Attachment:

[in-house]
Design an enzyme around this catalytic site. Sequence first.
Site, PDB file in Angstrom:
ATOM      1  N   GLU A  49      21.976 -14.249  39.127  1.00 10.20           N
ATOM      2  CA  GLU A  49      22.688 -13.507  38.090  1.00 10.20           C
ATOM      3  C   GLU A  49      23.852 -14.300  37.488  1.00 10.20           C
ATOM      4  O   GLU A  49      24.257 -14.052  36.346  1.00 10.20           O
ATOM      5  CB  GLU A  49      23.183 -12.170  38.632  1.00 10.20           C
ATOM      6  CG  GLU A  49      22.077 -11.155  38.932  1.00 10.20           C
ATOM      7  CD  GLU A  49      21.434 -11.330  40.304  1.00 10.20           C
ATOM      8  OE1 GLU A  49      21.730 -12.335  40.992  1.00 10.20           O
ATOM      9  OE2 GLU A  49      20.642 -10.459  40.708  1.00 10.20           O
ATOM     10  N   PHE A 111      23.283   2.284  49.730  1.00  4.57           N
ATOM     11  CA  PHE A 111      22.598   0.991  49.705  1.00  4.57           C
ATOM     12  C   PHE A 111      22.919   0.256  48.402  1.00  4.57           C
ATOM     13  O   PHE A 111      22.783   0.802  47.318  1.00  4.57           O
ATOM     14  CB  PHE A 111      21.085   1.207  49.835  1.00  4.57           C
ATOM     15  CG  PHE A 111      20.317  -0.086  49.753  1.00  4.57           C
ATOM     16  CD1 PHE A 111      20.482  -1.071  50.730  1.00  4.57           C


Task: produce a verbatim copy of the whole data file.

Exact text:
[in-house]
Design an enzyme around this catalytic site. Sequence first.
Site, PDB file in Angstrom:
ATOM      1  N   GLU A  49      21.976 -14.249  39.127  1.00 10.20           N
ATOM      2  CA  GLU A  49      22.688 -13.507  38.090  1.00 10.20           C
ATOM      3  C   GLU A  49      23.852 -14.300  37.488  1.00 10.20           C
ATOM      4  O   GLU A  49      24.257 -14.052  36.346  1.00 10.20           O
ATOM      5  CB  GLU A  49      23.183 -12.170  38.632  1.00 10.20           C
ATOM      6  CG  GLU A  49      22.077 -11.155  38.932  1.00 10.20           C
ATOM      7  CD  GLU A  49      21.434 -11.330  40.304  1.00 10.20           C
ATOM      8  OE1 GLU A  49      21.730 -12.335  40.992  1.00 10.20           O
ATOM      9  OE2 GLU A  49      20.642 -10.459  40.708  1.00 10.20           O
ATOM     10  N   PHE A 111      23.283   2.284  49.730  1.00  4.57           N
ATOM     11  CA  PHE A 111      22.598   0.991  49.705  1.00  4.57           C
ATOM     12  C   PHE A 111      22.919   0.256  48.402  1.00  4.57           C
ATOM     13  O   PHE A 111      22.783   0.802  47.318  1.00  4.57           O
ATOM     14  CB  PHE A 111      21.085   1.207  49.835  1.00  4.57           C
ATOM     15  CG  PHE A 111      20.317  -0.086  49.753  1.00  4.57           C
ATOM     16  CD1 PHE A 111      20.482  -1.071  50.730  1.00  4.57           C